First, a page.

The paper sets out the current scheme, which was amended in 2015 to reduce stigma towards trafficked and enslaved people and to facilitate better support. ASA recognises the value of these improvements, but recommends further change.
Currently, in order to receive a permanent visa, a trafficked person is required to cooperate in investigations by providing evidence or making some other kind of contribution.
Anti-Slavery Australia recommends that there should be a ‘compassionate circumstances’ exception to this, so that a person may be granted a visa even when they are unable to contribute to a criminal investigation (because of mental difficulties, continuing trauma or fear of retribution, for example). A victim of trafficking is also required to be “in danger” if returned to his or her home country.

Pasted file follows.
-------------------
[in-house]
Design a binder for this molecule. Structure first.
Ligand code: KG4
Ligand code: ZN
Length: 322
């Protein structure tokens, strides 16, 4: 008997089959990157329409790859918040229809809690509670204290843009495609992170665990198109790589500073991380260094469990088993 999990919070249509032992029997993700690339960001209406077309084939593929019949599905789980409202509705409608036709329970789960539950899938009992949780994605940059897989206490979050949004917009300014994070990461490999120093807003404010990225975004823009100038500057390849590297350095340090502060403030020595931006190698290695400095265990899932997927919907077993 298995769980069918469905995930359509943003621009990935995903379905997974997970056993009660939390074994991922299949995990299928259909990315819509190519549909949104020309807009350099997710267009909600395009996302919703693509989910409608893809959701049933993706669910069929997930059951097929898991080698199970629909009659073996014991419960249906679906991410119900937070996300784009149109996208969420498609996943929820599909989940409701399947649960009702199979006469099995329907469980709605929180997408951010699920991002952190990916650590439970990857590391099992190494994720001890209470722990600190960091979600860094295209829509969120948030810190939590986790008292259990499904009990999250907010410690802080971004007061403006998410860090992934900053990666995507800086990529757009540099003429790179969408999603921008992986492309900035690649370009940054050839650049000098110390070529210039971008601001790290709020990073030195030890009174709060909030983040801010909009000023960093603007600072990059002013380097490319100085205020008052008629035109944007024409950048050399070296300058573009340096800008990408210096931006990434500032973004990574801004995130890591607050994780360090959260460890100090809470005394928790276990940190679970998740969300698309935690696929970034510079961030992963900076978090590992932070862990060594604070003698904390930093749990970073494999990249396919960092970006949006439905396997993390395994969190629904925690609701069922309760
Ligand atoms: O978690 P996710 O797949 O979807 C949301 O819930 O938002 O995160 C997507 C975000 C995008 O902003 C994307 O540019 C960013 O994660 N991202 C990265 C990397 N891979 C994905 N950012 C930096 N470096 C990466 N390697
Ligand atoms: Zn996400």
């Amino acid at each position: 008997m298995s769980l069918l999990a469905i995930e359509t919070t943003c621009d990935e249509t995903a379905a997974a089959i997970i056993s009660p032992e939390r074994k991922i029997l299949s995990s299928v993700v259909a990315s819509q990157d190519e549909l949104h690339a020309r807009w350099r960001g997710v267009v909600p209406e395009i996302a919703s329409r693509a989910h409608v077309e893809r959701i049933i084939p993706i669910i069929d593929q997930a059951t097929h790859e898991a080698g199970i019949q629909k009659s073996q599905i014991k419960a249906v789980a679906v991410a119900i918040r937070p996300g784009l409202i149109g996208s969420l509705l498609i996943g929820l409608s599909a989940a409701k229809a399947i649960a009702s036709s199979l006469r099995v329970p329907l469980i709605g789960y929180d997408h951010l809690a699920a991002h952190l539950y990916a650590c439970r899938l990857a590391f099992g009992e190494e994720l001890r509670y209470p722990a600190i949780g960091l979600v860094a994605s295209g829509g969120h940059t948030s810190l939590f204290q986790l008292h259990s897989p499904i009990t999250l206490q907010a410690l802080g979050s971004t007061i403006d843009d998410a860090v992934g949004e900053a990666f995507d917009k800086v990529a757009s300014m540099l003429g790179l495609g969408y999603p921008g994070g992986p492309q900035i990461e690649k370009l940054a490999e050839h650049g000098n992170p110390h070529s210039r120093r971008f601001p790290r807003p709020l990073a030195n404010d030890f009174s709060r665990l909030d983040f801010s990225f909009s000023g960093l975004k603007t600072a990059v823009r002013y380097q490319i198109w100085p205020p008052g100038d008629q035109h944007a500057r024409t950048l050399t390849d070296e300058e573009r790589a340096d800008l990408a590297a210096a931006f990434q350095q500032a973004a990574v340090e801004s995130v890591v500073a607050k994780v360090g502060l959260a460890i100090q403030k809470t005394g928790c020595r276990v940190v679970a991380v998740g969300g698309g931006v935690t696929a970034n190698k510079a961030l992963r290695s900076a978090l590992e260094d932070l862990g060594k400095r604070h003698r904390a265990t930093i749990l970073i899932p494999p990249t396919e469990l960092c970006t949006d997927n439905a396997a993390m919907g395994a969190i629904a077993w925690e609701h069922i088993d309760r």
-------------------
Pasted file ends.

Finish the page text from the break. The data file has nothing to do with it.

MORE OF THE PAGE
Anti-Slavery Australia supports broader and clearer eligibility criteria, since “danger” is unduly narrow and not well-defined.
The recommended amendments will help to strengthen the Australian framework for supporting survivors of trafficking and slavery.
Read the full policy paper here: Visas for Trafficked People: The Australian Response